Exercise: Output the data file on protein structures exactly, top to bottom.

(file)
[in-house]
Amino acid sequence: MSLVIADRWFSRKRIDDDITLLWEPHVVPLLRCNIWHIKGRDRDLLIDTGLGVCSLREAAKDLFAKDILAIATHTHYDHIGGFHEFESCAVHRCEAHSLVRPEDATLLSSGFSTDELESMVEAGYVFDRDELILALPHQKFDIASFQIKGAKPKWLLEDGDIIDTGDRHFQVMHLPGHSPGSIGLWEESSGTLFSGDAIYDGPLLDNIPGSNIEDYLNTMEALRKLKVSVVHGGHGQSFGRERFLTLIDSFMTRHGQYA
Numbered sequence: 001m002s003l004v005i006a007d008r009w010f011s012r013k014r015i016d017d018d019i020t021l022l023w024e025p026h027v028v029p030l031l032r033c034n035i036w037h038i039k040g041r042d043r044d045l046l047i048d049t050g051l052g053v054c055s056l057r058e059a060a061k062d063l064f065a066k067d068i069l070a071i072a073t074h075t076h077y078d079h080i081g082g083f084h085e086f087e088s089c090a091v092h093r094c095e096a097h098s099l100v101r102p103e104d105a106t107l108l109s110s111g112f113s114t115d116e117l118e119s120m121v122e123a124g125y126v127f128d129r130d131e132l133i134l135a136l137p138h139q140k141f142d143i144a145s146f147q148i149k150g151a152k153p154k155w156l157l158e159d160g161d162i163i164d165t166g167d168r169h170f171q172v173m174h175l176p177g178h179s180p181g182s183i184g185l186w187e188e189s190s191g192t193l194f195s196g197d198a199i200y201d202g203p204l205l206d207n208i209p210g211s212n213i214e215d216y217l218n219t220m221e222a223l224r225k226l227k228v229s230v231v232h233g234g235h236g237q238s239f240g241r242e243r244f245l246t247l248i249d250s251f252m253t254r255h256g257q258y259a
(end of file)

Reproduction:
[in-house]
Amino acid sequence: MSLVIADRWFSRKRIDDDITLLWEPHVVPLLRCNIWHIKGRDRDLLIDTGLGVCSLREAAKDLFAKDILAIATHTHYDHIGGFHEFESCAVHRCEAHSLVRPEDATLLSSGFSTDELESMVEAGYVFDRDELILALPHQKFDIASFQIKGAKPKWLLEDGDIIDTGDRHFQVMHLPGHSPGSIGLWEESSGTLFSGDAIYDGPLLDNIPGSNIEDYLNTMEALRKLKVSVVHGGHGQSFGRERFLTLIDSFMTRHGQYA
Numbered sequence: 001m002s003l004v005i006a007d008r009w010f011s012r013k014r015i016d017d018d019i020t021l022l023w024e025p026h027v028v029p030l031l032r033c034n035i036w037h038i039k040g041r042d043r044d045l046l047i048d049t050g051l052g053v054c055s056l057r058e059a060a061k062d063l064f065a066k067d068i069l070a071i072a073t074h075t076h077y078d079h080i081g082g083f084h085e086f087e088s089c090a091v092h093r094c095e096a097h098s099l100v101r102p103e104d105a106t107l108l109s110s111g112f113s114t115d116e117l118e119s120m121v122e123a124g125y126v127f128d129r130d131e132l133i134l135a136l137p138h139q140k141f142d143i144a145s146f147q148i149k150g151a152k153p154k155w156l157l158e159d160g161d162i163i164d165t166g167d168r169h170f171q172v173m174h175l176p177g178h179s180p181g182s183i184g185l186w187e188e189s190s191g192t193l194f195s196g197d198a199i200y201d202g203p204l205l206d207n208i209p210g211s212n213i214e215d216y217l218n219t220m221e222a223l224r225k226l227k228v229s230v231v232h233g234g235h236g237q238s239f240g241r242e243r244f245l246t247l248i249d250s251f252m253t254r255h256g257q258y259a